Life isn’t about finding yourself. Life is about creating yourself. ~ George Bernard Shaw
Being a Caregiver
I loved my husband with a passion – not that we didn’t have our ups and down, we certainly did. We dealt with many challenges during our marriage—from raising his three children to the loss of his job when the company he worked for collapsed.
Yet all this paled when my husband was diagnosed with multiple sclerosis (MS). Gradually I embraced a new persona, that of caregiver, and he became a shadow of his former handsome, strong, athletic self. It was a gradual change, and gradually we learned to cope and go on with our lives—not in the ways we had, not into the future we had planned—but into a new and different way of being together. We held on to many of the things we loved—travel and being in nature—and we focused on how we could manage to keep doing these things for as long as we could, rather than on what we could no longer do.
Life Before Caregiving
I grew up in a small farming community in rural Brentwood, California in Contra Costa County, about fifty miles from the San Francisco Bay Area. I loved wandering my father’s orchards with my dog and watching the changing seasons.
I went away to high school to a private girl’s college-preparatory school in Berkeley, California called The Anna Head School. It was a boarding school, but I came home every other weekend.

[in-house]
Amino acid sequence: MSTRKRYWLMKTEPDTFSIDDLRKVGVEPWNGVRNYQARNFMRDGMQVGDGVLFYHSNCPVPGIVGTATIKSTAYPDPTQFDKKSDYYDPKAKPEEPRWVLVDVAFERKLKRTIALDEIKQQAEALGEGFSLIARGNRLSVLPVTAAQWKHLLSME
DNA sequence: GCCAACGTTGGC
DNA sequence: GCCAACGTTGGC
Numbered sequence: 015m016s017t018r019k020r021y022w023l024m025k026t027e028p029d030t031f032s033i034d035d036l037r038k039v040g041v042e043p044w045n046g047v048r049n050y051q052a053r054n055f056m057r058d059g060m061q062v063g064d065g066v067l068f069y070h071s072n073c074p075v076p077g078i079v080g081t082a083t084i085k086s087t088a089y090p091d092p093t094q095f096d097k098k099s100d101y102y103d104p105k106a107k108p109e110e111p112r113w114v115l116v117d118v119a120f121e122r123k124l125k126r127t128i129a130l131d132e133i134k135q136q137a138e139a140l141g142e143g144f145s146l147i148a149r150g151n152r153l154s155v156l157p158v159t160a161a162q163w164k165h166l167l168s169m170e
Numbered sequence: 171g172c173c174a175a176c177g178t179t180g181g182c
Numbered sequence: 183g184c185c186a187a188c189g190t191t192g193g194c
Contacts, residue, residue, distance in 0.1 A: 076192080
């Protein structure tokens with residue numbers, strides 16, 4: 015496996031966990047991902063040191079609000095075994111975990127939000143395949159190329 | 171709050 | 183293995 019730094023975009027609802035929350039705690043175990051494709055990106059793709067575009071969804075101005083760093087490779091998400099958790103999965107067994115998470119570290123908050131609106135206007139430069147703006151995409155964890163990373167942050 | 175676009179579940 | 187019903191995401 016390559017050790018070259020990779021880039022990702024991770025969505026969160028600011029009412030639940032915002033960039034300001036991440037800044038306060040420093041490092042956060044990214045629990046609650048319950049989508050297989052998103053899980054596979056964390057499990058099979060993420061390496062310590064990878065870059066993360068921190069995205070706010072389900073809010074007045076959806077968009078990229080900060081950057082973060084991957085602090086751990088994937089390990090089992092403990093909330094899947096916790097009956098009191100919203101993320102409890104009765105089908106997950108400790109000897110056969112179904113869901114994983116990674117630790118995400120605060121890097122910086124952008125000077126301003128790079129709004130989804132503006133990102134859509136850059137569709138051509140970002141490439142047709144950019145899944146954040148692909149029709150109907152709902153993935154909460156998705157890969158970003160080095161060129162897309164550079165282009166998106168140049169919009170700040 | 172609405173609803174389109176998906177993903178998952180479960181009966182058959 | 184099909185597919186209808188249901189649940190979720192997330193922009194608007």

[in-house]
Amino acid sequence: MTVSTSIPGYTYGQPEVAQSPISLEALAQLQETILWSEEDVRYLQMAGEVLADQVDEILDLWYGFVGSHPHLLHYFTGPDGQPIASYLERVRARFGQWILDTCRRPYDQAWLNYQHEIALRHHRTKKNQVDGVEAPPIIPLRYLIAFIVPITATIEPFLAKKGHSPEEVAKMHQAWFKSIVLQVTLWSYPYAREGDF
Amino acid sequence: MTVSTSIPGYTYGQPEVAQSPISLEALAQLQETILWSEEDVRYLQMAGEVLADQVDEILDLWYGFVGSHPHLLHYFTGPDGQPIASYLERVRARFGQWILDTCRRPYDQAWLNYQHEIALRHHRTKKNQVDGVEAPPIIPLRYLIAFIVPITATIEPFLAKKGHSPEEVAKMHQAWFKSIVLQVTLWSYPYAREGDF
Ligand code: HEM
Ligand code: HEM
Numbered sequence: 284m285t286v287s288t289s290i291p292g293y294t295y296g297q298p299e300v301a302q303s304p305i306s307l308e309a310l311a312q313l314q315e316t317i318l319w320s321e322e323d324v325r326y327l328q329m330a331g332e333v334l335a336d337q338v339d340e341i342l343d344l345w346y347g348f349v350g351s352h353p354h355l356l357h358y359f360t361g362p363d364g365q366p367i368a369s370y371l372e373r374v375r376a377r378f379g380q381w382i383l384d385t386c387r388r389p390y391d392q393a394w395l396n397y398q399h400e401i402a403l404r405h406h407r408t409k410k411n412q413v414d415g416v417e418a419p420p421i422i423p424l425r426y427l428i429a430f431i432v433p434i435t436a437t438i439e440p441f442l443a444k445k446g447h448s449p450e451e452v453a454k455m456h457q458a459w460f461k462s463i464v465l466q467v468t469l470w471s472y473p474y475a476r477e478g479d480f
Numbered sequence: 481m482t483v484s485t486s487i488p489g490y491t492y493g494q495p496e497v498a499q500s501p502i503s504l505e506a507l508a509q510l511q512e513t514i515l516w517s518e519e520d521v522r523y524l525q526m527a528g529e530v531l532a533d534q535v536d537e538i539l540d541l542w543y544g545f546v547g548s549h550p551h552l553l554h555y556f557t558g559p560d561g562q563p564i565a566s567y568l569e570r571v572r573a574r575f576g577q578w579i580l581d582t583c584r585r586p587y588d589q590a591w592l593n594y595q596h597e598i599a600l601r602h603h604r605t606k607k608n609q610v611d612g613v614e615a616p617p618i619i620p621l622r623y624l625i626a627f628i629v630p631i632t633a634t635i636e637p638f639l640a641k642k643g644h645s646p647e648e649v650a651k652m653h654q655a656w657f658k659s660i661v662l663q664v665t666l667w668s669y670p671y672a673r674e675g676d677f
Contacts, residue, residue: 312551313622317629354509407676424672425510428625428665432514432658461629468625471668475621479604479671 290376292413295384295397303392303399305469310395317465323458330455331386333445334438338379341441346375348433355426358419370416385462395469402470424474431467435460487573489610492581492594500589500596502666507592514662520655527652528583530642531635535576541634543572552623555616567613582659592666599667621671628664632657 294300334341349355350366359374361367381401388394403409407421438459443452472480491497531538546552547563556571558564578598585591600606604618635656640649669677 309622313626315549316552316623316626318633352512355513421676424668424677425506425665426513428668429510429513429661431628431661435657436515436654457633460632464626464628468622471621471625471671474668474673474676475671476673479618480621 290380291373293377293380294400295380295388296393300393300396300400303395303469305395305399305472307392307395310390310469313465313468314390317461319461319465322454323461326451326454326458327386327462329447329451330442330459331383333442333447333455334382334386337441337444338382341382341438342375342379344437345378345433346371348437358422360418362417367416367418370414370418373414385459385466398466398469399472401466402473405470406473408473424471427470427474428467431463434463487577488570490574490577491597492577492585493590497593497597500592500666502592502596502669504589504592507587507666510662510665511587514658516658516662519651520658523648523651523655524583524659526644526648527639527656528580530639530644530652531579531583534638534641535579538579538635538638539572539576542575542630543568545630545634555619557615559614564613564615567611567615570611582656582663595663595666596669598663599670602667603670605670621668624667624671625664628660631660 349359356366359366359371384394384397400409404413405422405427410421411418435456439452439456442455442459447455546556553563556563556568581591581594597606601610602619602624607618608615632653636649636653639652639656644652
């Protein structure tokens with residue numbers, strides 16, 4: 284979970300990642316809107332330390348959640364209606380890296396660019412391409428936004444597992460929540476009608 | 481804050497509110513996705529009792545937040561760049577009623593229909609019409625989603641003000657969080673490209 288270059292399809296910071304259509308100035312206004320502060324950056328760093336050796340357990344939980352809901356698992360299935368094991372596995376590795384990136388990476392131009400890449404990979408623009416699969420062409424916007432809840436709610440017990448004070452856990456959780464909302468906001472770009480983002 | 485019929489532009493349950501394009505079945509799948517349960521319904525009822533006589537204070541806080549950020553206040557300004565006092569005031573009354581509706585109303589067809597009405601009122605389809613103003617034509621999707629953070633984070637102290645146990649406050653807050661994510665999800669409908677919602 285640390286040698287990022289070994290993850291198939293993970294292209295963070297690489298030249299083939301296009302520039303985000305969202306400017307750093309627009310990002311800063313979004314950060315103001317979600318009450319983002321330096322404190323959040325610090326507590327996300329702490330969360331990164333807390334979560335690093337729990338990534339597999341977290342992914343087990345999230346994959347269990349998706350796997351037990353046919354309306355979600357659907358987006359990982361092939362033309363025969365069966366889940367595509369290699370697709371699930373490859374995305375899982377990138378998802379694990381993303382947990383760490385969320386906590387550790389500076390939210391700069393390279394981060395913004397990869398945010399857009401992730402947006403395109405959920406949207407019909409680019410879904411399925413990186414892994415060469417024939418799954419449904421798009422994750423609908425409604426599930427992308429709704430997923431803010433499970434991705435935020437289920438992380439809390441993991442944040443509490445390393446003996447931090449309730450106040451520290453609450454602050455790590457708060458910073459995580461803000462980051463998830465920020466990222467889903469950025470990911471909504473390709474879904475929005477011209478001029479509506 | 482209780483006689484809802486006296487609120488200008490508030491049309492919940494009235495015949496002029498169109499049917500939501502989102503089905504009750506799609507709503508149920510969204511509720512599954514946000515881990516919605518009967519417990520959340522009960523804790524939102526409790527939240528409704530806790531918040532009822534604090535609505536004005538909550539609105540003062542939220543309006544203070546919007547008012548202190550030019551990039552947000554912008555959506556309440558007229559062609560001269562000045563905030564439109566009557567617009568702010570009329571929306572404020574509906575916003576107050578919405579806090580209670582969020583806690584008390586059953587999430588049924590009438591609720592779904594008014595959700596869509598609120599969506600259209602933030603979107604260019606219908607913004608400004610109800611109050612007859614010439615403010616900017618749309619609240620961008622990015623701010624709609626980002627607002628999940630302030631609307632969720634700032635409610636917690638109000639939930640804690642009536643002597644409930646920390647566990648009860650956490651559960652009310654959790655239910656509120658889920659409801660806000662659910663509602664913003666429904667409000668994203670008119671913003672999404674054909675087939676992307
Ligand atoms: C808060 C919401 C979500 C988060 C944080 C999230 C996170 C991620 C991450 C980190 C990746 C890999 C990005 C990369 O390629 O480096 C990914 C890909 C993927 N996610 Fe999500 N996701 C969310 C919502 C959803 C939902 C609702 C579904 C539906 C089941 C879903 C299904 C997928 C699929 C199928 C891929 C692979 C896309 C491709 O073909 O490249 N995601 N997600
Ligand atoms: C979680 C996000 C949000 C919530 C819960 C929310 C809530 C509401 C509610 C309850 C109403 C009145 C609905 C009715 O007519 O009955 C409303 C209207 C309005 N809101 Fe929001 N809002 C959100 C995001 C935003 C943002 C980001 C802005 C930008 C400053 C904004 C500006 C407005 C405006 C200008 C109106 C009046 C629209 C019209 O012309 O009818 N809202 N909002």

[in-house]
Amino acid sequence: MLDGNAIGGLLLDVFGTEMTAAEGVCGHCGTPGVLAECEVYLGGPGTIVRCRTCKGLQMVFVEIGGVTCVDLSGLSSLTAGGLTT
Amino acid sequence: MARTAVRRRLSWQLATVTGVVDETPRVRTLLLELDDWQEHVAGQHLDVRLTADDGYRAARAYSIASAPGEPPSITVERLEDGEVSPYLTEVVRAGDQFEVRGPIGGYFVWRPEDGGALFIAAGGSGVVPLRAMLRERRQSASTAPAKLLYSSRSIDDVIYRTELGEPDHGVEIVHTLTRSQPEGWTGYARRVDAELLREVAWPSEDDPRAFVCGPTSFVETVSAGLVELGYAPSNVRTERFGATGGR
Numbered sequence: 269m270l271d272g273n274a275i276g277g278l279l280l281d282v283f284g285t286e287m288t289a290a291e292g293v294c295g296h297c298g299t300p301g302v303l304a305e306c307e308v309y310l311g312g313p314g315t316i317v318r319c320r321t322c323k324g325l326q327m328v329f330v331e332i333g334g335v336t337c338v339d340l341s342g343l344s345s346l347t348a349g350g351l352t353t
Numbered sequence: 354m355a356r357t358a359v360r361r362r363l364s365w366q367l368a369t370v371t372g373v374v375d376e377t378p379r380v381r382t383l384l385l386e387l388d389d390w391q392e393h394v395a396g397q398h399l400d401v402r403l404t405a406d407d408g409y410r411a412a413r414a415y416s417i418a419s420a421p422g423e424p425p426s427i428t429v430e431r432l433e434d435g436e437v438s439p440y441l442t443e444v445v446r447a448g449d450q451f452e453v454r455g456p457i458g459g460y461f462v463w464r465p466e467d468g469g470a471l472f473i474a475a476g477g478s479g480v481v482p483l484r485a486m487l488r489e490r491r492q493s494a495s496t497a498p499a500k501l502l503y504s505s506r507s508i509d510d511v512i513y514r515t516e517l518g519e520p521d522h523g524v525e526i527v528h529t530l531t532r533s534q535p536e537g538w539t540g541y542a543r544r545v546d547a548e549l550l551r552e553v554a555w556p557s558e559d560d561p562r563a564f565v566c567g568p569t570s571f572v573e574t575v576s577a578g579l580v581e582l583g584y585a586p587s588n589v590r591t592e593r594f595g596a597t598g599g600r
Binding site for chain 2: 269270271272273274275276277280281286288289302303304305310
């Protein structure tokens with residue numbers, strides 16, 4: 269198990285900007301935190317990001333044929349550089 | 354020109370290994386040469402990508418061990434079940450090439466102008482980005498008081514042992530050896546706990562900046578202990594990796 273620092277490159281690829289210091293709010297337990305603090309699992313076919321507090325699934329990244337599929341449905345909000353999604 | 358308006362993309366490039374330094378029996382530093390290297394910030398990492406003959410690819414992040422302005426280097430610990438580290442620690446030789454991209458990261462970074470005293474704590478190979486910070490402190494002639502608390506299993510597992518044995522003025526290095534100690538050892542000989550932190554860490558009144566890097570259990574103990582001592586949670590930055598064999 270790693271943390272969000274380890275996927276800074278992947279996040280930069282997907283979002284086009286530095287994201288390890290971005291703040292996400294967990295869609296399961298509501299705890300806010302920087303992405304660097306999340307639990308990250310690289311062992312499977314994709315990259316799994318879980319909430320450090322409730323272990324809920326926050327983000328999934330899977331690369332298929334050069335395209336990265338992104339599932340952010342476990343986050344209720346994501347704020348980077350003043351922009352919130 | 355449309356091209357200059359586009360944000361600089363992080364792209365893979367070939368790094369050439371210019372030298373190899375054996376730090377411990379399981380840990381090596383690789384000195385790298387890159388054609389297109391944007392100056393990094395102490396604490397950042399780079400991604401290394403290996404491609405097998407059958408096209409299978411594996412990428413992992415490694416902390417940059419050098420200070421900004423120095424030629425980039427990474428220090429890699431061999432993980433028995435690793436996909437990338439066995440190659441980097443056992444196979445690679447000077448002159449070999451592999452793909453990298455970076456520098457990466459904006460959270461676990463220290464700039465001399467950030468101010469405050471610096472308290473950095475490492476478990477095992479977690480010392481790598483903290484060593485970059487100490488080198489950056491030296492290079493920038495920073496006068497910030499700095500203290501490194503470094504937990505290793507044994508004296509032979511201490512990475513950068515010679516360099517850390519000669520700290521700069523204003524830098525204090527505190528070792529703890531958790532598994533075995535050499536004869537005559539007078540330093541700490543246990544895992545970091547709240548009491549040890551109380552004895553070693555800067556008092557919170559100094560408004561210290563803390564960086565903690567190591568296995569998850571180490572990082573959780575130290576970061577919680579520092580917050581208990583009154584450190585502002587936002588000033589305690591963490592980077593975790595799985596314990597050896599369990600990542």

I have always loved to write, and I filled my diaries with the usual adolescent angst. I also had a fascination with psychology—trying to figure out why people, myself included, did what they did. One of my roommates and I used to “psychoanalyze” each other. Sometimes that could be quite brutal. I guess Hitchcock’s films and the ‘50s romanticization of alienated youth influenced us. James Dean was my idol and rebellious role model.
What Did I Do Before Becoming a Caregiver?
I taught students in junior high and high school. I enjoyed connecting with my students and seeing that spark of illumination in their eyes when they achieved success or actually got the concept I was trying to teach. It was the personal interaction I liked best—the person-to-person relating.